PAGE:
Sunday, October 06, 2019
As if we didn’t already know how bad things were, authoritative research demonstrates that Tory-inspired (and Lib Dem supported) austerity has increased infant mortality.
The research – published in the British Medical Journal (BMJ) finds that “overall from 2014 to 2017, there were a total of 572 excess infant deaths compared with what would have been expected based on historical trends” and that “about a third of the increases in infant mortality between 2014 and 2017 can be attributed to rising child poverty (172 deaths).” Not to put too fine a point on it, Tory austerity kills babies.
This is a startling reversal of a long term historical trend towards lower infant mortality. It is not a coincidence that the increase in infant mortality (which is disproportionately an increase in low income areas) has accompanied falling real incomes for much of the period since 2008. This has magnified the squeeze on wages over the last generation (as the TUC have reported; “For the last 30 years the British economy has seen a steady shift in the way national income has been distributed, away from wages and in favour of profits”).
These are the consequences of the historic defeats for our class over past decades. The Tories have got away with austerity over the past decade because our movement retreated following the strike action on 30 November 2011, and we continued to retreat because our movement is “shackled and timid and tame”. (and this is the proper link).
My generation of labour movement activists cannot shirk our responsibility for failing to reverse these defeats. We have bequeathed to our children a world in which their children are more likely to die as infants than they were. Our trade unions (at least the largest of them) are controlled by their paid officials, and therefore prioritise their own institutional survival over the vigorous pursuit of the interests of their members.
If we are to have hope for our movement (and our future), it must come from the possibility that we shall be able to copy our comrades in Portugal and secure a left-led Government which will loosen the shackles upon our movement, kicking off a virtuous cycle of progressive policies and rank and file militancy.
It’s a bit of a cliché to opine that a coming General Election is the most important in our lifetimes. However, if we can’t secure a socialist Government in the coming months there is a lot further down that we can yet go.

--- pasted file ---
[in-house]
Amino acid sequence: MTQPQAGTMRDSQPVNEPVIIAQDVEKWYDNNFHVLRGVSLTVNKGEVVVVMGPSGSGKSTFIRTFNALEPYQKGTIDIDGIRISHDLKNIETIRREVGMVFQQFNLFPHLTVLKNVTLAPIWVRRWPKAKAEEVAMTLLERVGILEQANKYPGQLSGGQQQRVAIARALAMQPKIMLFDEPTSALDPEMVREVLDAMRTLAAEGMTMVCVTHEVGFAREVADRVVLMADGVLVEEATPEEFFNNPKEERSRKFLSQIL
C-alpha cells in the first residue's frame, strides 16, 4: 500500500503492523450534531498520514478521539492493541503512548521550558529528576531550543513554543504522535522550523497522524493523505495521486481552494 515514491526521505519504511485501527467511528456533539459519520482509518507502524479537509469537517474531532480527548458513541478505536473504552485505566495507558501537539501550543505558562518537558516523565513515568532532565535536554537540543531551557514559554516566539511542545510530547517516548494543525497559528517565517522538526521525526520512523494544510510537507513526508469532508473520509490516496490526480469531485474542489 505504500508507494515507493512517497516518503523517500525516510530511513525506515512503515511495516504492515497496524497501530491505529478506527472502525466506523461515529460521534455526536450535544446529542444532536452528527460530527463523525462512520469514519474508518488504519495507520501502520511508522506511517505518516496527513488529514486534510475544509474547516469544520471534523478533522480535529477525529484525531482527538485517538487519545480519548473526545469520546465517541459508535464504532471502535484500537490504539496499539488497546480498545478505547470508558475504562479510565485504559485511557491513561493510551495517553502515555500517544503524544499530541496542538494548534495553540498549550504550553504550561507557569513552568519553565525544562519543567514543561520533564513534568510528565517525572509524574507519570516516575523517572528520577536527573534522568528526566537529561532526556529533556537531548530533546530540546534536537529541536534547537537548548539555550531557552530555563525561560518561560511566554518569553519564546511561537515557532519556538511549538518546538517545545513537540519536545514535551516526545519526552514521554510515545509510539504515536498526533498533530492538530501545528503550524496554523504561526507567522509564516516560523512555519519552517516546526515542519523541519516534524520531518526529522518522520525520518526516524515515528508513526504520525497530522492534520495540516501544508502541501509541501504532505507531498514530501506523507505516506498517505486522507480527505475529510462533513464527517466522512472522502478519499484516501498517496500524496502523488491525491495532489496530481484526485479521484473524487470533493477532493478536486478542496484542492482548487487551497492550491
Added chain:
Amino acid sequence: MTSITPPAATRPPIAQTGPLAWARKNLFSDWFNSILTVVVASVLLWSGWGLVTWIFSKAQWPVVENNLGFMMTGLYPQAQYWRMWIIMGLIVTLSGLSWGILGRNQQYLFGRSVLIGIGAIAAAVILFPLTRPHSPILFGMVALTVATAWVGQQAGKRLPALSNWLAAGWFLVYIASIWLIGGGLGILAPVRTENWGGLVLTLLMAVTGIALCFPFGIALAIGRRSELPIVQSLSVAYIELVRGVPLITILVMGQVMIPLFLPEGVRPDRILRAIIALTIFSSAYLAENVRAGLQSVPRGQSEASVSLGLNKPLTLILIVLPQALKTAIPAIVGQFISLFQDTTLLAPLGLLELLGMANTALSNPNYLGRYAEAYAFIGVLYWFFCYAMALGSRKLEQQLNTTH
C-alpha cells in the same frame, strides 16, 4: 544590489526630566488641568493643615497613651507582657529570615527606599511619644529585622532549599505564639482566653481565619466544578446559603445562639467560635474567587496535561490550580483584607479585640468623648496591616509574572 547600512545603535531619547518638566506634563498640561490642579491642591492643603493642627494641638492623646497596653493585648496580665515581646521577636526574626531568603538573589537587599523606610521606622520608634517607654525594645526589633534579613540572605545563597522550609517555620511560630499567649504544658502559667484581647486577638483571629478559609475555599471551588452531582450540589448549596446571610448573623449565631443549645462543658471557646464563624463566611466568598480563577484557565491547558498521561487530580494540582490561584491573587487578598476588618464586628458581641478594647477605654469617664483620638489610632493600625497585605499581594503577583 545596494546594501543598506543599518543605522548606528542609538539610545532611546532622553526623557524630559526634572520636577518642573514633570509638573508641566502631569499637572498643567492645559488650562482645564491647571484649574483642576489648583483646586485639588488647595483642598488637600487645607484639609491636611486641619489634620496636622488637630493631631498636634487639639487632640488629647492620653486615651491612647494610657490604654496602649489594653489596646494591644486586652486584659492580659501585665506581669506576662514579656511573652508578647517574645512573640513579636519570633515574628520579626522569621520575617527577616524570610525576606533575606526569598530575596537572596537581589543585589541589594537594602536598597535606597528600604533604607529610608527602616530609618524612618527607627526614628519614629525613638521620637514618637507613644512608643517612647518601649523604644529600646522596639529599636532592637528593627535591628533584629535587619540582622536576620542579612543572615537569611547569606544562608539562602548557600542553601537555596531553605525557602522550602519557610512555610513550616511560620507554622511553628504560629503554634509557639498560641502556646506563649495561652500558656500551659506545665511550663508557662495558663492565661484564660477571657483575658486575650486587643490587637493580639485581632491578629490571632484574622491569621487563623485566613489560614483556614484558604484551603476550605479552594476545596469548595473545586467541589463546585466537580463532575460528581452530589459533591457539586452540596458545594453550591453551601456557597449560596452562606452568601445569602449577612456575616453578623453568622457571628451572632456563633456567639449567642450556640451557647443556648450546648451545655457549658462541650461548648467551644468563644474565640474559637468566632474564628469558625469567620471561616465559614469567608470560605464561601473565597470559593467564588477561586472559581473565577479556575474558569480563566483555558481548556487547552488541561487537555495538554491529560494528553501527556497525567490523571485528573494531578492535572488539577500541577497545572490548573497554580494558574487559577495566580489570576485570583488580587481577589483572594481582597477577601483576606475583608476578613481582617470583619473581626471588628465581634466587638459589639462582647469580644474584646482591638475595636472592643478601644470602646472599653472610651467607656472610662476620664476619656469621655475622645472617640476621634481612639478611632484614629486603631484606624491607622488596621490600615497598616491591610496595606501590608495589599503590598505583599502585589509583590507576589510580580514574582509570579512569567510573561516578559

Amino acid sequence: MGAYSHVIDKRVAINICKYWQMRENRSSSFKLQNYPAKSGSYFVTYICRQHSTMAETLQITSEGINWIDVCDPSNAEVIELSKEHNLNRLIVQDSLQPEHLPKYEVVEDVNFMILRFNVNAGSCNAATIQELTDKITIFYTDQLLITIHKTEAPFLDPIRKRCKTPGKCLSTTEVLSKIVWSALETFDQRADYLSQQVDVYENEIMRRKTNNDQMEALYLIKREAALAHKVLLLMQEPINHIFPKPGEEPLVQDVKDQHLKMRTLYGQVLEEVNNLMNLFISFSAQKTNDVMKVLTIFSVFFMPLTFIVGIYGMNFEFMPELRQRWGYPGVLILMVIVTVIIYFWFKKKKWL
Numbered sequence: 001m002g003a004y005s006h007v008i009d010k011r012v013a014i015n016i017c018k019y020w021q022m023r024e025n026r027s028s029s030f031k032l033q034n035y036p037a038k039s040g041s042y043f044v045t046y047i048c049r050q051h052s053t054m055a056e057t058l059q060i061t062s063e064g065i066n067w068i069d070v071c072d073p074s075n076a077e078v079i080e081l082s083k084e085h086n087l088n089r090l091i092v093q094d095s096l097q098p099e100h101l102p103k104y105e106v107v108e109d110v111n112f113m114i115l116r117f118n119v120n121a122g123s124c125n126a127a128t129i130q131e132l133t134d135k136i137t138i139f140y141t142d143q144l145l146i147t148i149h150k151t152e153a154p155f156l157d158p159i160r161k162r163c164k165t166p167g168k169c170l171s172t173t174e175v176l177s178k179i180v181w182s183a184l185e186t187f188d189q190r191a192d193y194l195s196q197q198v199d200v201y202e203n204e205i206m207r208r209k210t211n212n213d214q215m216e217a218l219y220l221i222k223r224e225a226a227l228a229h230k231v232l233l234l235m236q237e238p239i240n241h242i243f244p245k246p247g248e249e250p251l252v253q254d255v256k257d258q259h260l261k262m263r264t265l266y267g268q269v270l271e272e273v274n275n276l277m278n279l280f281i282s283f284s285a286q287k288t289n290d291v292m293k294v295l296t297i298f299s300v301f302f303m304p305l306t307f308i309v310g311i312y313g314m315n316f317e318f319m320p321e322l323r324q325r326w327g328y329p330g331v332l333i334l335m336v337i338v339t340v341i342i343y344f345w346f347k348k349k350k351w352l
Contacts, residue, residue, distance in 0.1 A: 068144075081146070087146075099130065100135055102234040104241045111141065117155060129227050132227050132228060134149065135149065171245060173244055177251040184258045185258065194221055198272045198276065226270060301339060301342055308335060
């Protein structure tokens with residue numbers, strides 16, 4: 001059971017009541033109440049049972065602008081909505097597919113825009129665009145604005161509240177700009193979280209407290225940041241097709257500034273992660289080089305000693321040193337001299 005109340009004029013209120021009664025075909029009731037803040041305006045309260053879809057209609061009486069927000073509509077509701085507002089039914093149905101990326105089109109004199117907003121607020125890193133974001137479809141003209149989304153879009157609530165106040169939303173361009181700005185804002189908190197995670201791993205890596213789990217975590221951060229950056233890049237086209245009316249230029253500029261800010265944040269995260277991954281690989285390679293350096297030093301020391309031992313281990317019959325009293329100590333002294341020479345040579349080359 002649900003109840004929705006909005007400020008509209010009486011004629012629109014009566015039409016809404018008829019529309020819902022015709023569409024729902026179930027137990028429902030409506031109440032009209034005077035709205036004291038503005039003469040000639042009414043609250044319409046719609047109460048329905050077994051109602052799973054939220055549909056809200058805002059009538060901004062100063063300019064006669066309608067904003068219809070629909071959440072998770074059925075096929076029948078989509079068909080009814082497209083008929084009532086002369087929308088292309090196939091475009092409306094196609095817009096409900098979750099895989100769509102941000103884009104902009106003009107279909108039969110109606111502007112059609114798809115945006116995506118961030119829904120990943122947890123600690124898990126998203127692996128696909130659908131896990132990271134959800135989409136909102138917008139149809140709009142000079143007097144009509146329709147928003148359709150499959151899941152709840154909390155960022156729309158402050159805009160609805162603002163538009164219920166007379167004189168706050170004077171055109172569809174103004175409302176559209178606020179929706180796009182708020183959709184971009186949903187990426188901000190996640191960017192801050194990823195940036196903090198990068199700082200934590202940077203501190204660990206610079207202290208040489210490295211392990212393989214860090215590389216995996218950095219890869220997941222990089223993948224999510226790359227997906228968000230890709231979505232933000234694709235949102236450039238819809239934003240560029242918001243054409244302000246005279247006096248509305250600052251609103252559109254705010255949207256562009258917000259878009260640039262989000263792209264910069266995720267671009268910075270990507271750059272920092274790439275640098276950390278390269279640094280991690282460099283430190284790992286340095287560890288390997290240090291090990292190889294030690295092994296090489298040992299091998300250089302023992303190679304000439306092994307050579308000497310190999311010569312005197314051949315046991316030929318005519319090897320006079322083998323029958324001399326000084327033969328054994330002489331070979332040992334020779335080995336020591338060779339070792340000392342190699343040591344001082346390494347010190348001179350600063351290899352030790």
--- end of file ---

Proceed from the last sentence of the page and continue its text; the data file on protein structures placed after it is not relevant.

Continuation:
Thursday, September 26, 2019
This is a guest post from my partner, Hassina Malik;
I've been up all night thinking about all the things that make me who and what I am, and how those things are shifting.
I am a woman, I am Black, I am West Indian, I am a mother, I am a sister, I am a socialist, I am a feminist, I am a Labour Party member. I am a Local Government Worker, I am a trade unionist...and so much more.
I am part of many different groups that are combinations of these. For instance, I meet with socialists who are trade unionists, or Local Government Workers in the Labour Party, or West Indian women. It's not at all strange that each of these groups are so different and yet I fit comfortably into each. This is because each reflects different aspects of myself as demonstrated in each of these associations.
In each setting I can express various facets of who I am. In my capacity as a West Indian woman I am able to discuss and even joke about things that women from other parts of the world will not relate to. As a Black Labour Party Member I am able to meet and share thoughts on issues that other LP members will not be able to relate to. The ability to freely engage with others with whom I share common characteristics fulfils me. I feel whole because I am able to express all of who I am and what I think in each setting.
Sometimes these groups are less broken down and a gathering of Black women (from all cultures and nations) is the place where I feel comfortable and safe to express my thoughts and feelings. Or a in a group of all West Indians irrespective of sex and gender. Or a group of trade unionists.